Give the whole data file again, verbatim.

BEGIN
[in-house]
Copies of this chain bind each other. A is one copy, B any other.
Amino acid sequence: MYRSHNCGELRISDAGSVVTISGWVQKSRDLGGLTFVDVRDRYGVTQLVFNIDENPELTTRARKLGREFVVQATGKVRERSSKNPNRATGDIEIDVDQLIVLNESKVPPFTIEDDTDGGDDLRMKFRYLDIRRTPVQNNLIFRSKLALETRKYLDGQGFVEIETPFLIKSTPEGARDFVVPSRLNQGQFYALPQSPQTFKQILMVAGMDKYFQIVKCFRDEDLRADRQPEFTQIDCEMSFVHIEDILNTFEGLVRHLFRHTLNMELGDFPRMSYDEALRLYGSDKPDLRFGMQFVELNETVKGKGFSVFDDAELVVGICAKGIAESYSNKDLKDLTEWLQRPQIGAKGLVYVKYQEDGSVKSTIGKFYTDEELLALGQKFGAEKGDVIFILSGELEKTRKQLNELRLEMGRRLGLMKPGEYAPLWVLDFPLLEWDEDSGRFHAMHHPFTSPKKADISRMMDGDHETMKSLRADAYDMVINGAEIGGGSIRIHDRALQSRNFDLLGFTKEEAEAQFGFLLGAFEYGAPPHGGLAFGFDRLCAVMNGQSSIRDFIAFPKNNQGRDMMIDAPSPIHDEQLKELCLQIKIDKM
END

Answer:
[in-house]
Copies of this chain bind each other. A is one copy, B any other.
Amino acid sequence: MYRSHNCGELRISDAGSVVTISGWVQKSRDLGGLTFVDVRDRYGVTQLVFNIDENPELTTRARKLGREFVVQATGKVRERSSKNPNRATGDIEIDVDQLIVLNESKVPPFTIEDDTDGGDDLRMKFRYLDIRRTPVQNNLIFRSKLALETRKYLDGQGFVEIETPFLIKSTPEGARDFVVPSRLNQGQFYALPQSPQTFKQILMVAGMDKYFQIVKCFRDEDLRADRQPEFTQIDCEMSFVHIEDILNTFEGLVRHLFRHTLNMELGDFPRMSYDEALRLYGSDKPDLRFGMQFVELNETVKGKGFSVFDDAELVVGICAKGIAESYSNKDLKDLTEWLQRPQIGAKGLVYVKYQEDGSVKSTIGKFYTDEELLALGQKFGAEKGDVIFILSGELEKTRKQLNELRLEMGRRLGLMKPGEYAPLWVLDFPLLEWDEDSGRFHAMHHPFTSPKKADISRMMDGDHETMKSLRADAYDMVINGAEIGGGSIRIHDRALQSRNFDLLGFTKEEAEAQFGFLLGAFEYGAPPHGGLAFGFDRLCAVMNGQSSIRDFIAFPKNNQGRDMMIDAPSPIHDEQLKELCLQIKIDKM